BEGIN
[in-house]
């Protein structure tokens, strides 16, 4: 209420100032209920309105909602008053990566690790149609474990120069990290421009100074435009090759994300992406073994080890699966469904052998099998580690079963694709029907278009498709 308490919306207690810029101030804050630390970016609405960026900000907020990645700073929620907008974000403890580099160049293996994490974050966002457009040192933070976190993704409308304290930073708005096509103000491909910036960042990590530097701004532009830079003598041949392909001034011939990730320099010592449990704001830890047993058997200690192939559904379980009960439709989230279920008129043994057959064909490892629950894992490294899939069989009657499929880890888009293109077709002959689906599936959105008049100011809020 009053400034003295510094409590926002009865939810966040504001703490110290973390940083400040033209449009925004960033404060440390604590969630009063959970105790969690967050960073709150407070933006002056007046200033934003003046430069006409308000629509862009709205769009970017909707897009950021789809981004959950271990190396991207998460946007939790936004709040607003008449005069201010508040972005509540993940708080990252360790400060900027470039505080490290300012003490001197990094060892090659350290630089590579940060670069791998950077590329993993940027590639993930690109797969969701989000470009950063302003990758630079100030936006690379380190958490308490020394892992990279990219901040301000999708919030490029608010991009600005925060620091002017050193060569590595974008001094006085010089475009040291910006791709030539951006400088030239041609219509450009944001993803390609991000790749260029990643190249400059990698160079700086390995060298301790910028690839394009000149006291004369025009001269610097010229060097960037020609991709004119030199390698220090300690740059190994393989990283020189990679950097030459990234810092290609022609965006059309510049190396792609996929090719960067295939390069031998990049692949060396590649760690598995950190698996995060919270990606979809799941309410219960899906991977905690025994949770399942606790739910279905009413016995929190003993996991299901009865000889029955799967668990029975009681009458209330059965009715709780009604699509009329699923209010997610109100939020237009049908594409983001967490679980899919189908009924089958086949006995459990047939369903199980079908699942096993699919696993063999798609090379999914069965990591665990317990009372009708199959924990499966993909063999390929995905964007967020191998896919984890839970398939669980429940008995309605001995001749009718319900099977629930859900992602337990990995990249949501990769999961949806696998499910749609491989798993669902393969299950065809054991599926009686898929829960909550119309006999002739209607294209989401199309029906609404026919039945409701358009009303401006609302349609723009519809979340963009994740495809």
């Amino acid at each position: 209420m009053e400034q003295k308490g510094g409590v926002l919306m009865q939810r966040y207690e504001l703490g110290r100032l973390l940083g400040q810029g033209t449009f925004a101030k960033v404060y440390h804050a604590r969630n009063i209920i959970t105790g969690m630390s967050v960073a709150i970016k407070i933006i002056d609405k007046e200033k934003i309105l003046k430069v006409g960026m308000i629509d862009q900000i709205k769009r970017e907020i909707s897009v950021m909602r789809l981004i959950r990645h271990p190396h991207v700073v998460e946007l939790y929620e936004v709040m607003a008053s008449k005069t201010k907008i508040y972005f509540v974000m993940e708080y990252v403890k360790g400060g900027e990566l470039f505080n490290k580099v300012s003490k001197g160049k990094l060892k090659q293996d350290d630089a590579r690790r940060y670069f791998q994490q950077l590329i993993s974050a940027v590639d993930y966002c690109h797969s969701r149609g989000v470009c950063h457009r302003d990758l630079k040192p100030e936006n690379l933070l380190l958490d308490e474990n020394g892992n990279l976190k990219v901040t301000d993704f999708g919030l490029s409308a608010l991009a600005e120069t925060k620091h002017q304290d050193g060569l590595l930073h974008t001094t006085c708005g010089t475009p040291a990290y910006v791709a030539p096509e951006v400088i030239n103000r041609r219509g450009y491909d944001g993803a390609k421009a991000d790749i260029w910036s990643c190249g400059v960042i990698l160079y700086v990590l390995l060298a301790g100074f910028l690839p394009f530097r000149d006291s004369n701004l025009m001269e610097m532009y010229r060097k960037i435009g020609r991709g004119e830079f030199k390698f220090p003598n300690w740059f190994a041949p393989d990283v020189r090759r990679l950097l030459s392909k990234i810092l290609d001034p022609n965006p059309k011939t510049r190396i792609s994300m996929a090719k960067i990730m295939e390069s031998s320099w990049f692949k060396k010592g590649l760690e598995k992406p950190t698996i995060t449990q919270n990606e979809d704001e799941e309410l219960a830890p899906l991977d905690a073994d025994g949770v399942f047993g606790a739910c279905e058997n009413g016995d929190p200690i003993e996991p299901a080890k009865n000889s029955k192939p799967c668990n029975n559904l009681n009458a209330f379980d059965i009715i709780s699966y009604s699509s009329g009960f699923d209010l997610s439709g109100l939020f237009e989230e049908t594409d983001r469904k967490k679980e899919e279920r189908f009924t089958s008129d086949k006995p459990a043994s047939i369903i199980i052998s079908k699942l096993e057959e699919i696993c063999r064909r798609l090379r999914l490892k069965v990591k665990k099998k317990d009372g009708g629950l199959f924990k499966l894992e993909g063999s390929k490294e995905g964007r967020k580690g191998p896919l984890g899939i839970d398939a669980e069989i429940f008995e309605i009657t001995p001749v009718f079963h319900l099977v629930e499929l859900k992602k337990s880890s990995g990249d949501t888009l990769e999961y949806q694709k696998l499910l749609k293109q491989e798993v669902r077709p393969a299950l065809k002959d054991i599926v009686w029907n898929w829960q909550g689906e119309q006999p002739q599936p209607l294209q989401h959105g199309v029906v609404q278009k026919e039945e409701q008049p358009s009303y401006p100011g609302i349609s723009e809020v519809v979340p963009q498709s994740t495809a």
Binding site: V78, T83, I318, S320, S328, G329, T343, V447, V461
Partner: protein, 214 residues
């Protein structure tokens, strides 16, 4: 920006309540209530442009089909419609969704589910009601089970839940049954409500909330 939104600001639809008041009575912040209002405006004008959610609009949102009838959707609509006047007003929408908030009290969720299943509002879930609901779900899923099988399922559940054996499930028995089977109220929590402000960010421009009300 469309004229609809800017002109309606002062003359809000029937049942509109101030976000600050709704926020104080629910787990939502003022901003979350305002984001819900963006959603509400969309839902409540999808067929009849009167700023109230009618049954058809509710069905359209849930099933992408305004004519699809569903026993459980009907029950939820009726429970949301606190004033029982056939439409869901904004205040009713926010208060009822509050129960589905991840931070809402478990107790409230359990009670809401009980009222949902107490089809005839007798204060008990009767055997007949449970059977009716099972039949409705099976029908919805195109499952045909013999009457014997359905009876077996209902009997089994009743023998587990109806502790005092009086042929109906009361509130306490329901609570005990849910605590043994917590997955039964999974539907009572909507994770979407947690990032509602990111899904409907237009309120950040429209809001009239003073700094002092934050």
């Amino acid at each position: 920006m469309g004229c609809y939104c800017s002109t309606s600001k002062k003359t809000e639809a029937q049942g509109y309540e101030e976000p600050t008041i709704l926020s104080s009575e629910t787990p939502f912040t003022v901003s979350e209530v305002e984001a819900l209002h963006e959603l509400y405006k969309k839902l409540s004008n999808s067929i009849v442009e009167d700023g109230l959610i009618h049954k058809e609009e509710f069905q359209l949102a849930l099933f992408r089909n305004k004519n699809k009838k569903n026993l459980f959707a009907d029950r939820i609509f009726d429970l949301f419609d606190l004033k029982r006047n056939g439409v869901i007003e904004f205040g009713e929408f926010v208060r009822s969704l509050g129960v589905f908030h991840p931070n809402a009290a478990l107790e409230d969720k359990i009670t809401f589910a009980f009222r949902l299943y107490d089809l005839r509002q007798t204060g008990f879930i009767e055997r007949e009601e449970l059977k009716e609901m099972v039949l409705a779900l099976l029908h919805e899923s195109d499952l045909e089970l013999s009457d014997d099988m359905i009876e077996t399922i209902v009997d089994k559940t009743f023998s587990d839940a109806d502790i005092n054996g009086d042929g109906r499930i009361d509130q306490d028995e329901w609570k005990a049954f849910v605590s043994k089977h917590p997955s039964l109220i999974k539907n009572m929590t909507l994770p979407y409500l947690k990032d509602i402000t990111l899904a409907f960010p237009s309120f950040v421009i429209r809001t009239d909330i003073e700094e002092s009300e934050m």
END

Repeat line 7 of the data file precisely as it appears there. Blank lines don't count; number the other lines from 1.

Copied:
């Amino acid at each position: 920006m469309g004229c609809y939104c800017s002109t309606s600001k002062k003359t809000e639809a029937q049942g509109y309540e101030e976000p600050t008041i709704l926020s104080s009575e629910t787990p939502f912040t003022v901003s979350e209530v305002e984001a819900l209002h963006e959603l509400y405006k969309k839902l409540s004008n999808s067929i009849v442009e009167d700023g109230l959610i009618h049954k058809e609009e509710f069905q359209l949102a849930l099933f992408r089909n305004k004519n699809k009838k569903n026993l459980f959707a009907d029950r939820i609509f009726d429970l949301f419609d606190l004033k029982r006047n056939g439409v869901i007003e904004f205040g009713e929408f926010v208060r009822s969704l509050g129960v589905f908030h991840p931070n809402a009290a478990l107790e409230d969720k359990i009670t809401f589910a009980f009222r949902l299943y107490d089809l005839r509002q007798t204060g008990f879930i009767e055997r007949e009601e449970l059977k009716e609901m099972v039949l409705a779900l099976l029908h919805e899923s195109d499952l045909e089970l013999s009457d014997d099988m359905i009876e077996t399922i209902v009997d089994k559940t009743f023998s587990d839940a109806d502790i005092n054996g009086d042929g109906r499930i009361d509130q306490d028995e329901w609570k005990a049954f849910v605590s043994k089977h917590p997955s039964l109220i999974k539907n009572m929590t909507l994770p979407y409500l947690k990032d509602i402000t990111l899904a409907f960010p237009s309120f950040v421009i429209r809001t009239d909330i003073e700094e002092s009300e934050m």